Do I dare say this river is the most scenic and fun Class IV rafting trip in California? No, because you are very likely to freeze your but off. This trip is normally done during or soon February or March rainstorms.

"The North Fork Smith is one of the loveliest wilderness white water runs in the country, but because it it is so remote and because summer flows are too low, it is rarely floated."California White Water by Jim Cassady and Fryar Calhoun

The North Fork of the Smith River begins in Oregon's Kalmiopsis Wilderness and the normal put-in is just south of the Oregon-California border. You'll enjoy a fairly long and very scenic (unless it's raining) drive to put-in at Major Moore's where you'll get a sense of the remote are you're in. Upon arrival you'll immediately be awestruck by the clarity and greenish color of the water. Due to the unique serpentine geology upstream, the North Fork runs clear even when the water is high.

The North Fork of the Smith River

The North Fork of the Smith River

This run starts off with some great warm up rapids. After Diamond Creek enters on the left side the rapids begin to increase in intensity. The Redwall Gorge starts around mile four with a number of great Class III and IV rapids. The rest of the run is scattered with Class III and IV rapids.

There are several wonderful stops on the North Fork to visit waterfalls and side creeks. At most of these stops, you'll have a chance to check out the Darlingtonia Californica (aka "Pitcher Plant" or "Cobra Lily." This is a rare carnivorous plant that uses ultraviolet guides and slippery wax to lure insects and spiders into it's inner workings.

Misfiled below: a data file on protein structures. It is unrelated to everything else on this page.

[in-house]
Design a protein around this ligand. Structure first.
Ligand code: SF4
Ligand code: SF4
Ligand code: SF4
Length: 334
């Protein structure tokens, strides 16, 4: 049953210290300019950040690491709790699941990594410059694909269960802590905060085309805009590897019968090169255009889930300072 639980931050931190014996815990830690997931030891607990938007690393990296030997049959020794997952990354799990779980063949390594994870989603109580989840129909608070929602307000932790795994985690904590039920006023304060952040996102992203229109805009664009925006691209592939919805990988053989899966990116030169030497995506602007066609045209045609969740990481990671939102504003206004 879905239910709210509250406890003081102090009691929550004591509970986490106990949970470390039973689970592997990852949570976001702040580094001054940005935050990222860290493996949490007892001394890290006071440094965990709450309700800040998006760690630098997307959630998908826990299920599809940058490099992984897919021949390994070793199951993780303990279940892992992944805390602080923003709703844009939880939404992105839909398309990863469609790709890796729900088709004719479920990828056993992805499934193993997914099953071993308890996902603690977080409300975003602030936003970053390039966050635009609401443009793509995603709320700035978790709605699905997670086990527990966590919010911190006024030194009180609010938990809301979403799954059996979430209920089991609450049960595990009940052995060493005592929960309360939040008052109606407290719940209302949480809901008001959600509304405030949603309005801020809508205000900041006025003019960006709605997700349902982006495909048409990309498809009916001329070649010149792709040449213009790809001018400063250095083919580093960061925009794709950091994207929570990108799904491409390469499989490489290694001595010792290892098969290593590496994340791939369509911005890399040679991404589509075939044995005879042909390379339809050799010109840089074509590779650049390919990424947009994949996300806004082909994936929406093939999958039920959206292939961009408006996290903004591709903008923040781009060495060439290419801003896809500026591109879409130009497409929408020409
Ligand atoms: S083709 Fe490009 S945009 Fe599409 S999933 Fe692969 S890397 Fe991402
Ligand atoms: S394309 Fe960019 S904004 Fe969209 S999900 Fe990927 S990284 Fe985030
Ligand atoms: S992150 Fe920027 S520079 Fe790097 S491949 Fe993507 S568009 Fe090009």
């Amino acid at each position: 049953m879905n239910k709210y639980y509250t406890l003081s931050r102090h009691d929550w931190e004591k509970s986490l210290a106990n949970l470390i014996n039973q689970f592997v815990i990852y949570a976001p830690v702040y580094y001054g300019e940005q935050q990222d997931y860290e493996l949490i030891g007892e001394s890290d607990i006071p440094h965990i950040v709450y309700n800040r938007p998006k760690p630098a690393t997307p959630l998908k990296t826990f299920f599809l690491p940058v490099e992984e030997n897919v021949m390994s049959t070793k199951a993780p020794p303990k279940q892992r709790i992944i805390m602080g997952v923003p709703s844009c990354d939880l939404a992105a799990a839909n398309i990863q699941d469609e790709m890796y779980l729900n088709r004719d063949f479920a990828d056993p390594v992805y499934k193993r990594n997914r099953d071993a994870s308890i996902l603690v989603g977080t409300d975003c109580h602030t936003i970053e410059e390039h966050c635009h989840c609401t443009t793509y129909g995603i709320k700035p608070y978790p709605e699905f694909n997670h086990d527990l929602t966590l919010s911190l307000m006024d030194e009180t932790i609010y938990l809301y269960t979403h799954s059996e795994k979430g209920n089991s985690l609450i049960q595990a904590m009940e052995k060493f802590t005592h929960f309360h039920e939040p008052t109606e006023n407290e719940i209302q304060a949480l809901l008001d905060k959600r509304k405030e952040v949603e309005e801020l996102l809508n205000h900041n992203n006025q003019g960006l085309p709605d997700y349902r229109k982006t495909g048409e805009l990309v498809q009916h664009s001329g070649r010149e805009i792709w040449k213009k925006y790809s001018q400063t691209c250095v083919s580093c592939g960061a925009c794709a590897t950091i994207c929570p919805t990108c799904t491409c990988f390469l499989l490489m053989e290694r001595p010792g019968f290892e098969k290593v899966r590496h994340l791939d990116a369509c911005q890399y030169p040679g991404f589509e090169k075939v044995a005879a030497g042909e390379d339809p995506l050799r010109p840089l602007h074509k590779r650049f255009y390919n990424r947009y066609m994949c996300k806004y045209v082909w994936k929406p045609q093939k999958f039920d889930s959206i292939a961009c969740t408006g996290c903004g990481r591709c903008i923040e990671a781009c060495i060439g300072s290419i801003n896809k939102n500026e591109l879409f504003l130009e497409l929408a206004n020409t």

Darlingtonia Californica are also known as "Pitcher Plants"

Darlingtonia Californica are also known as "Pitcher Plants"

You're a lucky one if you get a chance to paddle the North Fork of the Smith. Just remember to bring plenty of warm boating gear and a thermos full of hot chocolate.

Trip Highlights

Mile 0: Put-in at Major Moore's (also known as Browns Flat) just upstream of the Low Divide Road Bridge.

Putting in at Major Moore's on the North Fork of the Smith River

Putting in at Major Moore's on the North Fork of the Smith River

Mile 1.5: Diamond Creek enters from the left side. The section below here is known as the Redwall Gorge.

Mile 3.1: Scout Rapid (IV+) is the most difficult rapid at most flows and should be scouted from the right.

In the heart of Redwall Gorge between Scout and Ledge Rapids

In the heart of Redwall Gorge between Scout and Ledge Rapids

Mile 3.4: Ledge Rapid (IV) typically has a big ledge hole that needs to be avoided.

Mile 4: Still Creek enters from the right side and marks the end of the Redwall Gorge. This is a great place to regroup and have lunch.

Mile 8.35: Golf Course (IV) is a long rapid with some big holes at the bottom.

Mile 8.8: Peridotite Creek enters from the left side.

Peridotite Creek entering the North Fork of the Smith River

Peridotite Creek entering the North Fork of the Smith River

Mile 9.25: The Grotto is a beautiful waterfall you can paddle behind.

Paddling Stony Creek into the North Fork of the Smith River

Paddling Stony Creek into the North Fork of the Smith River

Mile 13.2: Kayakers can take out at the confluence with the Middle Fork of the Smith by hiking up the rocks next to the steel pipe to Gasquet Flat Road. It would be tough to take a raft out here so rafters typically continue down to Margie's River Access.

Mile 14.8: Take-out at Margie's River Access.

Author: Zachary Collier

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